MONTEVIDEO, Uruguay (AP) _ President Julio Sanguinetti threatened to dissolve congress Tuesday if it censured his interior minister for the way police treated protesters, and the lawmakers settled for a motion of criticism.

The House of Deputies, controlled by the opposition, voted 47-42 for the resolution criticizing Interior Minister Carlos Manini Rios for the forceful ejection of a group of protesting students who had occupied at a teachers' college Saturday.

Formal censure by both houses would by tradition have required the minister to step down or the president to dissolve congress and call elections.

A censure motion appeared headed for passage Tuesday when Manini Rios told the chamber that he would not step down and Sanguinetti was prepared to dissolve the legislature.

Despite the minister's assertion earlier in the day, deputy Yamandu Fao, who organized 22 consecutive hours of debate on the issue, called immediately after the vote for Manini Rios to resign.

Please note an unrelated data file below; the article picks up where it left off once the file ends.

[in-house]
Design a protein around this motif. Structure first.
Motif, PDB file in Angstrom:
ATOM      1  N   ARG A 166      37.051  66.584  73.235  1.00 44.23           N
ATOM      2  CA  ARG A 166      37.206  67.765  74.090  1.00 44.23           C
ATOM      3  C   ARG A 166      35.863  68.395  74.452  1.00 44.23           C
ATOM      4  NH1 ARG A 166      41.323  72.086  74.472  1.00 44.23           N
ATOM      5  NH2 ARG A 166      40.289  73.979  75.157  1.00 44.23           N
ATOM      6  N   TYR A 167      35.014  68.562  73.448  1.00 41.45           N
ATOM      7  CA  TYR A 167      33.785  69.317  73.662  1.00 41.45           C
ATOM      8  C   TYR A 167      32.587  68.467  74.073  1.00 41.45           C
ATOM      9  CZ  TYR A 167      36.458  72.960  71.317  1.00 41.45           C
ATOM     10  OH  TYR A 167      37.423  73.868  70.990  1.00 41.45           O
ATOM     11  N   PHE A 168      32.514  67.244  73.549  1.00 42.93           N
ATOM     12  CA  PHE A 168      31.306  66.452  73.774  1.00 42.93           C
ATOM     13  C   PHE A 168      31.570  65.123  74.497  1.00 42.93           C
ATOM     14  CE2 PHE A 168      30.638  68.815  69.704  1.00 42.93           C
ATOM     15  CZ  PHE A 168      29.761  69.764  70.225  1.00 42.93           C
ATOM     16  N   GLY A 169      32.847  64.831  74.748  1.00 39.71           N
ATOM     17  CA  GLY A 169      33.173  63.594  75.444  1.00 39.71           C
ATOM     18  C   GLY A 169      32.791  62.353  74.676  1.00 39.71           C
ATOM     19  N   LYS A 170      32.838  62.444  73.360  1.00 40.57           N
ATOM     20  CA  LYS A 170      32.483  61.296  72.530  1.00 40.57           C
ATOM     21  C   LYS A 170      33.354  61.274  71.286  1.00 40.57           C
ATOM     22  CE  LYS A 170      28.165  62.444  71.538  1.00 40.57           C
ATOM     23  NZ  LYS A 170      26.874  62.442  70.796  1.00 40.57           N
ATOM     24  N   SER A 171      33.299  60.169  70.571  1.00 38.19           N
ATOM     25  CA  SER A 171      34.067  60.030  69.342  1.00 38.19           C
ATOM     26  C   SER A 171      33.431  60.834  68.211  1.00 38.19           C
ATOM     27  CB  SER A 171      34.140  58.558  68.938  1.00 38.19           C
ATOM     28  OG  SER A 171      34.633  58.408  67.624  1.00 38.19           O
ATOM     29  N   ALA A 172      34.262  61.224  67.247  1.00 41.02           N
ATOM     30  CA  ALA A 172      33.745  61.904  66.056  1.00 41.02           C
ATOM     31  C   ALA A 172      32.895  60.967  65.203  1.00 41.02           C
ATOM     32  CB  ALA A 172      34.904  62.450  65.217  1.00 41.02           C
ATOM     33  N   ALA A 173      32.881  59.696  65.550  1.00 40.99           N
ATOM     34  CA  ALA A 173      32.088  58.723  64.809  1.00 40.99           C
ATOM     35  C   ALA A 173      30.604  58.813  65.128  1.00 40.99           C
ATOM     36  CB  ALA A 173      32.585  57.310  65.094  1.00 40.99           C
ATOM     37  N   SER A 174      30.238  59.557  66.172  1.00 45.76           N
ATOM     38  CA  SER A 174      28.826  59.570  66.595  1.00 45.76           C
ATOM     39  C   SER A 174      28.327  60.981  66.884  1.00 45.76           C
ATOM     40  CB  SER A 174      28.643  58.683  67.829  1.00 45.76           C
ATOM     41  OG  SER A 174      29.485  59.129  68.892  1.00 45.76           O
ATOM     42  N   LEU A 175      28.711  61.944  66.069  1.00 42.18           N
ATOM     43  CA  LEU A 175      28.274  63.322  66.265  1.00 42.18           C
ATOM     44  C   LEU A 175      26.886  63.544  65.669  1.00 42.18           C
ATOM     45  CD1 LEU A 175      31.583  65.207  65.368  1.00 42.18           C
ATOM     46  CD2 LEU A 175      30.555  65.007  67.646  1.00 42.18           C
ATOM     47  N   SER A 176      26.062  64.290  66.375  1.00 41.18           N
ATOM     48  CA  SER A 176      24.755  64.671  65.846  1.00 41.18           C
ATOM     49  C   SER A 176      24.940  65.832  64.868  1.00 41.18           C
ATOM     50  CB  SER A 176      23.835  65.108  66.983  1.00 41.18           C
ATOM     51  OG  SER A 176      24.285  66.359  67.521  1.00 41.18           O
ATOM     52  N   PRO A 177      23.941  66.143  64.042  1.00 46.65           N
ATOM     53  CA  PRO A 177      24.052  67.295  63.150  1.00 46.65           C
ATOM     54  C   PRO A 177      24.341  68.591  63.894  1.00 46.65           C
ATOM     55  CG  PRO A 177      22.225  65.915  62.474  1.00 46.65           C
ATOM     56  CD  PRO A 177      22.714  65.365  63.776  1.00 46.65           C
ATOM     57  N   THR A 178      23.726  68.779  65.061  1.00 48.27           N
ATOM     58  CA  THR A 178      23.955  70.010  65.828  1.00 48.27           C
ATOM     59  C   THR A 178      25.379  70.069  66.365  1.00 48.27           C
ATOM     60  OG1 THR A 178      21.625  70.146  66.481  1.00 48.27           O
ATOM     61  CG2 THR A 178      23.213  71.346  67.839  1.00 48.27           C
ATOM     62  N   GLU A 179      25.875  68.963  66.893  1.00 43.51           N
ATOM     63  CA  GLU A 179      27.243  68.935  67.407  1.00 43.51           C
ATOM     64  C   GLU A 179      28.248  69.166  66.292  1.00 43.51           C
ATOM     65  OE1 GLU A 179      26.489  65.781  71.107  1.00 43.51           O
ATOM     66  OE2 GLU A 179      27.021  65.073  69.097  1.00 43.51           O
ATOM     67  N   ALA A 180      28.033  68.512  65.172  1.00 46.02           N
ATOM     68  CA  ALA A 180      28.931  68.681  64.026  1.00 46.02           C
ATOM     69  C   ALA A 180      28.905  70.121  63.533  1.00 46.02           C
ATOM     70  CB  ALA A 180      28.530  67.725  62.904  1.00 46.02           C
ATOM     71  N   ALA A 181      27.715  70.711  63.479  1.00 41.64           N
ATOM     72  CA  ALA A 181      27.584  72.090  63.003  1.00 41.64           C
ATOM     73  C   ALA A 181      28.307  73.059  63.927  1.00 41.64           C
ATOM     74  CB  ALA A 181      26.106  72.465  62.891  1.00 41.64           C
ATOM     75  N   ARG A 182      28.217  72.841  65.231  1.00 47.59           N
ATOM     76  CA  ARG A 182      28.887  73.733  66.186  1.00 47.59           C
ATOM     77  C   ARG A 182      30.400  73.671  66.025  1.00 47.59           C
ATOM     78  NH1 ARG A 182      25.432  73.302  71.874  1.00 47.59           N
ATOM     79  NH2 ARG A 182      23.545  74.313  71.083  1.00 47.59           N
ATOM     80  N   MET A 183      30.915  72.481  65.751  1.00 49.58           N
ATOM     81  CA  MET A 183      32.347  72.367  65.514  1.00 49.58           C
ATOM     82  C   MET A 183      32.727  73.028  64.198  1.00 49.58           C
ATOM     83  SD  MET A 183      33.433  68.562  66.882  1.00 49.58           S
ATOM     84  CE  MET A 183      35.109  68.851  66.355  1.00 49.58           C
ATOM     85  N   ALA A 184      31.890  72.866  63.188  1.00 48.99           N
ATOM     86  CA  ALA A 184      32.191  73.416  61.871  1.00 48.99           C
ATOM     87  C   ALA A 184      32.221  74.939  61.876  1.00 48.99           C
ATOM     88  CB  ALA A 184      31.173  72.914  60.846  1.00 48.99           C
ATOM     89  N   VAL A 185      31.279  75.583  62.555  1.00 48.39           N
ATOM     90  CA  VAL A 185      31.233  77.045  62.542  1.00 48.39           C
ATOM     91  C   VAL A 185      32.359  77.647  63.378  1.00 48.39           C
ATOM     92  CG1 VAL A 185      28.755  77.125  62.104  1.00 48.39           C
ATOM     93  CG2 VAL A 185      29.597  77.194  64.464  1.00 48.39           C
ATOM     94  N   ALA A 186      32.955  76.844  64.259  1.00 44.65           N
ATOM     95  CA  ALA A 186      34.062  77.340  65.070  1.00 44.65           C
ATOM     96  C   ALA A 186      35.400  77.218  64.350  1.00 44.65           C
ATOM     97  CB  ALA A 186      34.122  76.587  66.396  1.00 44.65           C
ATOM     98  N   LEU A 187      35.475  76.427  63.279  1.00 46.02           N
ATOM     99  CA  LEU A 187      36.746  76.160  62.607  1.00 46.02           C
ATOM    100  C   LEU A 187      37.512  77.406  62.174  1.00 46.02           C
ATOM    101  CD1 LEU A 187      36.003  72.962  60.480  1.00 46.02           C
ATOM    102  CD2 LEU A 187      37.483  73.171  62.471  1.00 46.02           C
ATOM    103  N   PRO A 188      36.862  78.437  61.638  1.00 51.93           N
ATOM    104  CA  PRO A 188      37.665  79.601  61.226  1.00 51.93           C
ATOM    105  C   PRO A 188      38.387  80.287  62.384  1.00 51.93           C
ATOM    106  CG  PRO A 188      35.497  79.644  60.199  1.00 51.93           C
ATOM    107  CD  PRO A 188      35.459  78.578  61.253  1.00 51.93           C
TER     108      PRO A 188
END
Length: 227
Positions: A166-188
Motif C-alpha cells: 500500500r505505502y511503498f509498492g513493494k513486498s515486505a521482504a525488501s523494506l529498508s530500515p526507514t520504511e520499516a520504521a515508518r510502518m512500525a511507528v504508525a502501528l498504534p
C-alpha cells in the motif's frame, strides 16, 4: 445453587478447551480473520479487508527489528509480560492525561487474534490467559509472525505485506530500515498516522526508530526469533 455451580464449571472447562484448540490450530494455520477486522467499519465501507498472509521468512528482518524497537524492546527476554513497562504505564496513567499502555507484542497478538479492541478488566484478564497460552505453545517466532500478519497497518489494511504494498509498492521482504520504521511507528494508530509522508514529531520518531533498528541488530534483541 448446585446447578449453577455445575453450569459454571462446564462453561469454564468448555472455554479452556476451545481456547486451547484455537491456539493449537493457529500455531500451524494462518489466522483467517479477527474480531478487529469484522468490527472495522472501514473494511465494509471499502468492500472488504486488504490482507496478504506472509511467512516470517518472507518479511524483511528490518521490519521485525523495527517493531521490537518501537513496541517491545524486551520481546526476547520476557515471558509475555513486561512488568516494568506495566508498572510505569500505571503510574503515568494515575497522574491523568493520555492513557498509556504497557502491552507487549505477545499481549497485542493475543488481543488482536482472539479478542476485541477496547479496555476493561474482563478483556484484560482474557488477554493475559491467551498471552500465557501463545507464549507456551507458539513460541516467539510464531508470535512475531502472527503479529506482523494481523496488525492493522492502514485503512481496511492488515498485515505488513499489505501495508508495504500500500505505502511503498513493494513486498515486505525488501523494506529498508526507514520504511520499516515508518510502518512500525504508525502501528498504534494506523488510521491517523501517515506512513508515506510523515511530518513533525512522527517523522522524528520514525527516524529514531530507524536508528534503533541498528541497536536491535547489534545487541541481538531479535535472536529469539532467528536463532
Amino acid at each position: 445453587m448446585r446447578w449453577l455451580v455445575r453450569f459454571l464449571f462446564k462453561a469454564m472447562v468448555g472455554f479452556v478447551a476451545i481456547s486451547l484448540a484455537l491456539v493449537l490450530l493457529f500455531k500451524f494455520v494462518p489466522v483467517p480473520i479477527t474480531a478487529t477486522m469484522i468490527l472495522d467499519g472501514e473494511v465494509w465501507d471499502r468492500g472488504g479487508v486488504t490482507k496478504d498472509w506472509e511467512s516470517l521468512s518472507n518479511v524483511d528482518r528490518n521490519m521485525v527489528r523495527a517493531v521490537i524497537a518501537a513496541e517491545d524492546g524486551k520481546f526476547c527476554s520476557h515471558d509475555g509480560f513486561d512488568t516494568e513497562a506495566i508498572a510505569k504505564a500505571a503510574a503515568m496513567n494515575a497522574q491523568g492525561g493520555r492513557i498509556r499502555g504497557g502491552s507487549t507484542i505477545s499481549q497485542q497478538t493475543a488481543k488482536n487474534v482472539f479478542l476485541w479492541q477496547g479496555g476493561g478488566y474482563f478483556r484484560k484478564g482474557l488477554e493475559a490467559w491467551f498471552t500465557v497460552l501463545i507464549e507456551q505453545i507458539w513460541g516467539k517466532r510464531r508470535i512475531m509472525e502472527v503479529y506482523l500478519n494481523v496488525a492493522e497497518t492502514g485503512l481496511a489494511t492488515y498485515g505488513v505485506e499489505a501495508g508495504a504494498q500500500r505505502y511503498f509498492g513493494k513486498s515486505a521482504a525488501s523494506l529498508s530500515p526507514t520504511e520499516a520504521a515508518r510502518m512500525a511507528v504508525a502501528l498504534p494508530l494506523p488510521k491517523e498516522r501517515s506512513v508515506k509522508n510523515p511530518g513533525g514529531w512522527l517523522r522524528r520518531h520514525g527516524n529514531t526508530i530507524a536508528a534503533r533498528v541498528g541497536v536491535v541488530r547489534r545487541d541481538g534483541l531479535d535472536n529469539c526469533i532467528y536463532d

The resolution said the interior minister provided ''insufficient'' explanations for the campus action, in which mounted police struck several students with nightsticks and two legislators were roughed up.

The major opposition parties, the center-left National Party and a coalition of leftist groups called the Broad Front, hold 56 of the 99 seats in the House. Sanguinetti's centrist Colorado Party has 41 and the conservative Civic Union has two.

Immediately after Manini Rios made his announcement late in the debate, Colorado deputies tried to force the opposition's hand by calling for a General Assembly of the House and Senate to debate the issue.

The motion failed 47-42, the same margin by which the replacement resolution passed.

It was Sanguinetti's most serious clash with the legislature since taking over March 1 from the military, which had governed the country for nearly 12 years.

The ejection of more than 100 students from the National Teaching Institute in Montevideo prompted a nationwide strike by public school teachers on Monday.

Students were demanding creation of an advisory board, including students, to make the school's curriculum and teaching methods more ''democratic.''

Mounted police charged a crowd of students outside the institute and, later in the day, two Broad Front deputies who approached police barricades were handled roughly. One was detained briefly.

Manini Rios told lawmakers police arrested the deputy because they did not know he was a public official, and released him when they found out.